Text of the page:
As someone who rarely cares about the human cast in a Godzilla movie, I found the story of Shikishima to be effective. He’s haunted by the war and how that, alongside his encounter with Godzilla, led to extreme survivor’s guilt, which impacts every decision he makes. He feels he’s undeserving of Noriko’s affection because he’s a coward who left people to die multiple times and feels that he needs to defeat Godzilla to atone for his weakness or die to be at peace. In that way, there’s an element of Moby Dick present in the film as Shikishima tries to hunt his own white whale to find some peace in his life.
The rest of the supporting cast also does a standout job, effectively creating a sharp divide between those people who have experienced war firsthand and those who were removed and view the veteran’s actions as noble and praiseworthy. At times, the reverence the non-combatants put on the military is rejected by these veterans as they argue that war and killing others is nothing to be praised for. There’s a lot to really dig into in how Godzilla Minus One depicts the military, specifically veterans, in a sympathetic light and the difficulties of post-war Japan, and a lot of time is spent just fleshing that dynamic out. There’s actual meat to the bones of the film that requires some pause for thought and heavy contemplation.
One of my favorite scenes in the movie does exactly this, as we watch a bunch of veterans begin to prepare an assault against Godzilla before he attacks Tokyo. They know what they signed up for and are doing so voluntarily, but instead of a grim aura of death hanging over them, there’s optimism. They laugh at the fact that this isn’t a suicide mission, despite the odds being demonstrably against them. They laugh as they load up ships and prepare all of the necessary weapons to defeat Godzilla, comfortable in the fact that they chose to do this and they’re not being forced into it. They made the decision to protect the future of Japan, and that’s all that matters to them.
There actually is a hopeful message to the film, one that affirms that life is worth living no matter the cost. Godzilla usually serves as a metaphor in his films (or at the very least in the good ones), and here he’s a symbol of war trauma. Wherever he goes, he leaves destruction and scars anyone who encounters him both physically and mentally. Most of the cast of veterans say that when they’re trying to stop Godzilla the war never ended for them, and for these characters that’s true. But the film’s ultimate thesis is that the darkness can be overcome and people can go on to rebuild their lives, much in the same way Japan rebuilt after World War II.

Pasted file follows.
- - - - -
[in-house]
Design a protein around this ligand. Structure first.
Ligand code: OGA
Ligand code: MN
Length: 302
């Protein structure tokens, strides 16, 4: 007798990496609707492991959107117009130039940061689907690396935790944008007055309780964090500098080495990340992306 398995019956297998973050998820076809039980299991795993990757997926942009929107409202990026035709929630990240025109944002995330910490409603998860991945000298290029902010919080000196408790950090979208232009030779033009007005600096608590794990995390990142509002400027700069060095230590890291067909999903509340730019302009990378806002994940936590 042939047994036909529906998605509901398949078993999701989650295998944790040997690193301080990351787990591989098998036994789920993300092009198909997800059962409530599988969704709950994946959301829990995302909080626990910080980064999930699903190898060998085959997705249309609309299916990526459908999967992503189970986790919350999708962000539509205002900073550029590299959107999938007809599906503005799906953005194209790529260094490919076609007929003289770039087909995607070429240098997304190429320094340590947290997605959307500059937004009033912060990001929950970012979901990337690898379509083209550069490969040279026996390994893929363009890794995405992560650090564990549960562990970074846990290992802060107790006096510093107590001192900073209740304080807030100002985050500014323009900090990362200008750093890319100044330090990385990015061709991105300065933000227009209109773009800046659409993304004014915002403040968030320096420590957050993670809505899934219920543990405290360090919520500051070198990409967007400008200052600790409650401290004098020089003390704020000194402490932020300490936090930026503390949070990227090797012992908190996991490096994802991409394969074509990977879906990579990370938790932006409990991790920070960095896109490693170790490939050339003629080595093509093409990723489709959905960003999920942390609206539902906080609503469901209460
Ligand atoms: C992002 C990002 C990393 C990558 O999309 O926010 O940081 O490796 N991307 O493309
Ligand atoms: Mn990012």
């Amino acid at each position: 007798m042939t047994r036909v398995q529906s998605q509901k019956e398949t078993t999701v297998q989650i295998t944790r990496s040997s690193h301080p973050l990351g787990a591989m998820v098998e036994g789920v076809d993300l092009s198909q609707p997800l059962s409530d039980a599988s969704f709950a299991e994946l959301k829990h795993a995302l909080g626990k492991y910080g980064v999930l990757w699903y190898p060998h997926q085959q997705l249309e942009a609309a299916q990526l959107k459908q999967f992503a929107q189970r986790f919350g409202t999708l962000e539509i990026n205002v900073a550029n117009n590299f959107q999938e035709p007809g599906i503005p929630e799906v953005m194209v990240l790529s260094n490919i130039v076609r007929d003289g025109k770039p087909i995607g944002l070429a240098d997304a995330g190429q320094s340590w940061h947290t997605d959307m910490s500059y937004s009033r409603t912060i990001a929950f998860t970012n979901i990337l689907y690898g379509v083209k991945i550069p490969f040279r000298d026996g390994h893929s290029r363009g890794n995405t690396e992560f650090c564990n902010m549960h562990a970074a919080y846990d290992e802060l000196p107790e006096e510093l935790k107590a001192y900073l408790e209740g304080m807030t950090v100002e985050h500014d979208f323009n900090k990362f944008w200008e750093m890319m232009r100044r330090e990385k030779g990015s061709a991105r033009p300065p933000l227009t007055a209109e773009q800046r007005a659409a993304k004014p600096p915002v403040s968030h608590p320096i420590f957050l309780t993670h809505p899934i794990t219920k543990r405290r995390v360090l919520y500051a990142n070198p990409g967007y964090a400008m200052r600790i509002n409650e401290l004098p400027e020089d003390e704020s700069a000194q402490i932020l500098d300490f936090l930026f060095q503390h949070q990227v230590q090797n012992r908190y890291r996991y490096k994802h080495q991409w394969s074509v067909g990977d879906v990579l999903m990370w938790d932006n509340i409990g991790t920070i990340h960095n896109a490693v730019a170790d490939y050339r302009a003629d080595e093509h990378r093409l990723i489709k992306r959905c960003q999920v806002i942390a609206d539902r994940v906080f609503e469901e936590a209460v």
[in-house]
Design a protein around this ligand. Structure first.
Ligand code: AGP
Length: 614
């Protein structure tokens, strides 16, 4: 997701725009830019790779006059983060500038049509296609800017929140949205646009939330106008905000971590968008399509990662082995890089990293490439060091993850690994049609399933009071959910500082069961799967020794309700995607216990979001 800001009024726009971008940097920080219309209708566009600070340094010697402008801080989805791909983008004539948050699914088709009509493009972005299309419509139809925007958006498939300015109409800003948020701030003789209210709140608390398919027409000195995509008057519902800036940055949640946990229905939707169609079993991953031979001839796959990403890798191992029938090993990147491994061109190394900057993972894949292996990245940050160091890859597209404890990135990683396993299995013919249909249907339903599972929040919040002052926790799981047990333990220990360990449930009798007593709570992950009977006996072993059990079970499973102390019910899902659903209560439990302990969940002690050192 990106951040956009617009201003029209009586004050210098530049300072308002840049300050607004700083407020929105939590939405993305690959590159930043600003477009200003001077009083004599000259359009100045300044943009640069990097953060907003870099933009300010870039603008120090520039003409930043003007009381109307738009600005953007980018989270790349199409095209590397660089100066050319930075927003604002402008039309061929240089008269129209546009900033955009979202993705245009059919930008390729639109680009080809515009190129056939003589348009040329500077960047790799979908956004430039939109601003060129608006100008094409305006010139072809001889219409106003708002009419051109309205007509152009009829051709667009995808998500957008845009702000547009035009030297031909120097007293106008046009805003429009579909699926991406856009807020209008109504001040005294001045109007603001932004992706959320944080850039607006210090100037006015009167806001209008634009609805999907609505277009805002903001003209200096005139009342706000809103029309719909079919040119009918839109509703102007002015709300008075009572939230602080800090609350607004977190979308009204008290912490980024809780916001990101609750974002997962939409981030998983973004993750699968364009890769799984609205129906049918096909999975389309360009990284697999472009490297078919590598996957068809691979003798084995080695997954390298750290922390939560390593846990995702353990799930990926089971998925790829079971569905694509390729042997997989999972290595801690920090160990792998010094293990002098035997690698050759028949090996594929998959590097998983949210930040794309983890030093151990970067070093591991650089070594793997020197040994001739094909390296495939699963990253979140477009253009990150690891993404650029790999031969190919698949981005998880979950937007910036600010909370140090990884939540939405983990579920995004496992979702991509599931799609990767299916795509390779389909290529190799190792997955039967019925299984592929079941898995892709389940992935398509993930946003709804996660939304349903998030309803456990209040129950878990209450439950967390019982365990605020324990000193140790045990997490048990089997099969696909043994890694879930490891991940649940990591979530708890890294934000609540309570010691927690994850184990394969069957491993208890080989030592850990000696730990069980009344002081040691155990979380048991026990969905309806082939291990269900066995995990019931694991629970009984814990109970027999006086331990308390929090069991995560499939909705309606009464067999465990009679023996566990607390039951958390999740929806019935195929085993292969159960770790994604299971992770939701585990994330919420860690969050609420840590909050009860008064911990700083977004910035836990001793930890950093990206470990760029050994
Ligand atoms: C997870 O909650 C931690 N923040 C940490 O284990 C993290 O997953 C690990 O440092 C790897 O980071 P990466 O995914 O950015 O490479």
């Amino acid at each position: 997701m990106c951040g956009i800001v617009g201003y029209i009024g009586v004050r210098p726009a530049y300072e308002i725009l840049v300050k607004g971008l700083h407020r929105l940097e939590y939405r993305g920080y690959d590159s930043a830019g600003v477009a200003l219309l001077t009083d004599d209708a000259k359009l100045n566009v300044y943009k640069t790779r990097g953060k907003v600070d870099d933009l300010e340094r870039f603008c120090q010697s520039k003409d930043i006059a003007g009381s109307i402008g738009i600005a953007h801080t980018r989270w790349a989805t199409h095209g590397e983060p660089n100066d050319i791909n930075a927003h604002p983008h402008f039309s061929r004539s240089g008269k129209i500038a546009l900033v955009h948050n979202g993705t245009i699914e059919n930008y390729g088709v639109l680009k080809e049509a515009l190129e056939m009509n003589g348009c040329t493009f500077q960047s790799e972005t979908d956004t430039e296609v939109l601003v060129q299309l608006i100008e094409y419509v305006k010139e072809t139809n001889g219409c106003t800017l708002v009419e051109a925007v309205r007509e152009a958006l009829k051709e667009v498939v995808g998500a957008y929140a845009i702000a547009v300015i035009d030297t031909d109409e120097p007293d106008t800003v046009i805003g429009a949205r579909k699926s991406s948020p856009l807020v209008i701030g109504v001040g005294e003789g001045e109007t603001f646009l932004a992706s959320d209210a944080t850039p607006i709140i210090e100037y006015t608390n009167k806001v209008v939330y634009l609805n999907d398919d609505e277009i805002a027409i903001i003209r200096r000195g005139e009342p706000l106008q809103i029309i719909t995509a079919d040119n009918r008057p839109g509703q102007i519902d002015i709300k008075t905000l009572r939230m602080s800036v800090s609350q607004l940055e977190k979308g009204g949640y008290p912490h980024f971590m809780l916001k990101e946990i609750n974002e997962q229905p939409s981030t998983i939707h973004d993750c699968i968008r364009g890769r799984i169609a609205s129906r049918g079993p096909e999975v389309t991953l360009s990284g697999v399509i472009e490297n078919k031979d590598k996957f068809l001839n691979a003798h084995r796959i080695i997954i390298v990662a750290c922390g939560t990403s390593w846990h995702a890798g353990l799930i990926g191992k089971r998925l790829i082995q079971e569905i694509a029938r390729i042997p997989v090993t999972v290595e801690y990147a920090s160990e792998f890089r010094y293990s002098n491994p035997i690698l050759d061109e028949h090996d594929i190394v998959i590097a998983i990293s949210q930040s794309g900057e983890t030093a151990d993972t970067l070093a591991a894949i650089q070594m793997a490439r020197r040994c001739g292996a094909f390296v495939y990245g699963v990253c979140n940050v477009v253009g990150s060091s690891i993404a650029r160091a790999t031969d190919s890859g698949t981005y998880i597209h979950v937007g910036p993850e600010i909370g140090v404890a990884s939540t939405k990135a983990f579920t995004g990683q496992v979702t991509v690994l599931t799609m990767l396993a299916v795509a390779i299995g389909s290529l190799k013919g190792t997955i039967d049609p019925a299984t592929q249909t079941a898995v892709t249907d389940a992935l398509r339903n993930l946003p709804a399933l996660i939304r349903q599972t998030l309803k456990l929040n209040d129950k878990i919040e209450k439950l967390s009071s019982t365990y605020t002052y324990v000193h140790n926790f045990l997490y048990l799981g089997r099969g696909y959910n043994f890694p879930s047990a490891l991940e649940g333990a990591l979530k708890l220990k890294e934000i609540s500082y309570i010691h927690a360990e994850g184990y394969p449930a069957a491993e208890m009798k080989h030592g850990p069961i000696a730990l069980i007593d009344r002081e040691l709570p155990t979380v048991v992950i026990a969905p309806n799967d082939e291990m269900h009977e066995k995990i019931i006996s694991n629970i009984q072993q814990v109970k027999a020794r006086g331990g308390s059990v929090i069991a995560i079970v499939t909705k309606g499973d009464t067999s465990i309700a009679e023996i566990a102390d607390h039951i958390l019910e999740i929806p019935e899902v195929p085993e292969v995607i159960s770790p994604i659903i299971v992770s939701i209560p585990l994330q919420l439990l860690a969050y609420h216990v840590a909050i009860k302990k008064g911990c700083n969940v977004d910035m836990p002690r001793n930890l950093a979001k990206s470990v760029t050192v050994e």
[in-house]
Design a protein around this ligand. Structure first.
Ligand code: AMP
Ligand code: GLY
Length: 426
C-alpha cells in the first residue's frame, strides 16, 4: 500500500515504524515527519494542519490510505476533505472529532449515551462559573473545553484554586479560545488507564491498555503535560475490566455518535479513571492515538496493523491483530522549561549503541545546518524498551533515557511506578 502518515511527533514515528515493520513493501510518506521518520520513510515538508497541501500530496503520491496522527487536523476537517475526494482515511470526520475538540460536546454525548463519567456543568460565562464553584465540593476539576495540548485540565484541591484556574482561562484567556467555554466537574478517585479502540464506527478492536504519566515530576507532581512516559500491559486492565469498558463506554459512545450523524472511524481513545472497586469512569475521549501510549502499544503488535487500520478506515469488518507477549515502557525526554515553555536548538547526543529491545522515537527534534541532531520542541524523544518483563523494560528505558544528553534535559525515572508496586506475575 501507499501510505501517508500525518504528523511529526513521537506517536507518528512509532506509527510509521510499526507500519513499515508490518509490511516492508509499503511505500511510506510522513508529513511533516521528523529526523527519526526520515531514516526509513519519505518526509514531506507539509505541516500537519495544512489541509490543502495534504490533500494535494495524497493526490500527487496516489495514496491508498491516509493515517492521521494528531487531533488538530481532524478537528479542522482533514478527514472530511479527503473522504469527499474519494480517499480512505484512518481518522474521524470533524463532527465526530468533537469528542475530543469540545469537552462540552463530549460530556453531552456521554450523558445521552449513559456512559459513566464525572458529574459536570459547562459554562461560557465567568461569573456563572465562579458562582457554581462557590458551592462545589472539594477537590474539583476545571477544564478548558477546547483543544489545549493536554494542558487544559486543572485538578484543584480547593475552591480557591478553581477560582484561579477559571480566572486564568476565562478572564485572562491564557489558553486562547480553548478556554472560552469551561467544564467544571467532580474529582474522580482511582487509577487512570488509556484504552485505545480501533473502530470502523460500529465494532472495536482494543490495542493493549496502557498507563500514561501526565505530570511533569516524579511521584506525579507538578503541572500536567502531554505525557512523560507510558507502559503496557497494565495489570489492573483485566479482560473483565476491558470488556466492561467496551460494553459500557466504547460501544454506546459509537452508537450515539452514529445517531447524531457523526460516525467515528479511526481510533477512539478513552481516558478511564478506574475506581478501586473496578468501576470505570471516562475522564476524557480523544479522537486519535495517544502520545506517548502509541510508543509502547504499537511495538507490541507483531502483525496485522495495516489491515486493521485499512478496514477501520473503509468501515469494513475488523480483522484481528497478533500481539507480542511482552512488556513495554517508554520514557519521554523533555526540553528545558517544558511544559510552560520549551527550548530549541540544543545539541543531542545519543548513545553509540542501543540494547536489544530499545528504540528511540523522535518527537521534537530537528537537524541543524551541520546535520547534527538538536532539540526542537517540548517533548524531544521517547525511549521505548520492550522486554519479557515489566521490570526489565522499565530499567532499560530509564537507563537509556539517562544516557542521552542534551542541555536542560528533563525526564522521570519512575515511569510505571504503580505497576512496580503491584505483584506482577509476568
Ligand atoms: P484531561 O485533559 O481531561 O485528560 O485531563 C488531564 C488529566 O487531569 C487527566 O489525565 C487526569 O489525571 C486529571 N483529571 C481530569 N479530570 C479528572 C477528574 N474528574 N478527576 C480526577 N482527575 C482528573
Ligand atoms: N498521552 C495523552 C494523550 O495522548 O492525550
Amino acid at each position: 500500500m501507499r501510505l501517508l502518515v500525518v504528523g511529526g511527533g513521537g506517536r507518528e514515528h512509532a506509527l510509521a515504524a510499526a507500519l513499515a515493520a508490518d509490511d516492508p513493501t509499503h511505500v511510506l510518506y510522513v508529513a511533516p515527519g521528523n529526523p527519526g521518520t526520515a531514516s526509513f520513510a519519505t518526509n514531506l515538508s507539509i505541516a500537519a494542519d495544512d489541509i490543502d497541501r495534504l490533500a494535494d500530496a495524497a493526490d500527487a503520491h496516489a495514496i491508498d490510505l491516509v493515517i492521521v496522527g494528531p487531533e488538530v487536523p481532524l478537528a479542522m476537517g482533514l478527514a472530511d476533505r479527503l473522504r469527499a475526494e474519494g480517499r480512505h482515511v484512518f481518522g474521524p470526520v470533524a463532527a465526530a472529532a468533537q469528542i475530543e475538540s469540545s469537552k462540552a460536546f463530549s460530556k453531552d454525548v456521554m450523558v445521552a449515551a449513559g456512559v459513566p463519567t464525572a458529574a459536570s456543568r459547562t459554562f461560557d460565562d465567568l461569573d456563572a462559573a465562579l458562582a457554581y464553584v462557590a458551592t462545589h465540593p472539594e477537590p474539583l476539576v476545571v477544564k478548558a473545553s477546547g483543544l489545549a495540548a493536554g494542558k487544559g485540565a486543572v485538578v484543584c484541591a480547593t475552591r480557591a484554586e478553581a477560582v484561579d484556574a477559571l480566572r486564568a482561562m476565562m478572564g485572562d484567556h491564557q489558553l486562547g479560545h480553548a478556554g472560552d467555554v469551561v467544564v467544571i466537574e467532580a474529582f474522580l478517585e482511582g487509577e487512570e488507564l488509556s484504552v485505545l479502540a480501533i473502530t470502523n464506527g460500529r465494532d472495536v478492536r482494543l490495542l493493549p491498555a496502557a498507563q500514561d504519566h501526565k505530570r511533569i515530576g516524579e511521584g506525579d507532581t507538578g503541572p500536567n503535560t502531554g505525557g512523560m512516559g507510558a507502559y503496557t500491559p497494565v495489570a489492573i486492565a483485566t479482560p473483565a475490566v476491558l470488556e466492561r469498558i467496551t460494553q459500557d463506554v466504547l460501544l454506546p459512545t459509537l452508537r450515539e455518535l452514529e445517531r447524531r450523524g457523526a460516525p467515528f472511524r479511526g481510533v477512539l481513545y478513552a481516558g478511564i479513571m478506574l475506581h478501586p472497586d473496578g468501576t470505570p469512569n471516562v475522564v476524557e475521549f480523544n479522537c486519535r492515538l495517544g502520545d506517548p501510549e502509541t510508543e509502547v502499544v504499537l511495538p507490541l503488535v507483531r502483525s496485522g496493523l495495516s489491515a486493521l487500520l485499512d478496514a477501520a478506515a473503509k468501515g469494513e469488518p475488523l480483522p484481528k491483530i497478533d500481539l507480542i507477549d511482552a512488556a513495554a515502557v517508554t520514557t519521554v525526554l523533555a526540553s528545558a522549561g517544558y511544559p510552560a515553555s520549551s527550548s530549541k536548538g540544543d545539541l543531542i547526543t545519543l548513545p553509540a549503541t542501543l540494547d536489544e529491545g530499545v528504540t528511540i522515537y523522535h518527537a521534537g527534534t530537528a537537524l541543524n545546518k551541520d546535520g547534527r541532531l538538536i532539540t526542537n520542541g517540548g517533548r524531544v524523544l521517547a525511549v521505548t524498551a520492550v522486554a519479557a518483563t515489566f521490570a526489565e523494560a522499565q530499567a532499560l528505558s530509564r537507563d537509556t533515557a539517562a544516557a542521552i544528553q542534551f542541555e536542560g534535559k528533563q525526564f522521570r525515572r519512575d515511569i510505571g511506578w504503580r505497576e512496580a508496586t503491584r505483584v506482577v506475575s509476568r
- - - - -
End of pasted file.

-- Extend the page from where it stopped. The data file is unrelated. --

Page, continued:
Is the film perfect? No, but its flaws aren’t major. The second act of the film tends to drag a bit as we’re building up towards the inevitable climax and while I do like a lot of the messages and themes of the film, that doesn’t mean that the characters themselves are really fleshed out. Shikishima is, but Noriko feels like more of a tool for Shikishima’s development, and his coworkers all fall into very basic archetypes. They’re funny, especially the captain of the ship and his gruff disdain for the government, but they’re not especially impactful. And of course, I will always bemoan that we don’t have enough Godzilla, but that’s something I don’t hold against the film since when he’s present, he’s unforgettable.
I’m not the biggest Godzilla fan personally, but Godzilla Minus One made me a believer. The film is an optimistic and hopeful film not only in the strength of the Japanese spirit but also in faith in the power of Godzilla as a brand. This is a perfect entry point for people who want to get into the series, not only due to its placement in the 1940s but because it’s everything that you could want from a Godzilla movie. There’s good character drama, powerful metaphors, and of course, tons of destruction that will leave you in awe. THIS is how you make a Godzilla movie. Legendary Pictures, take notes.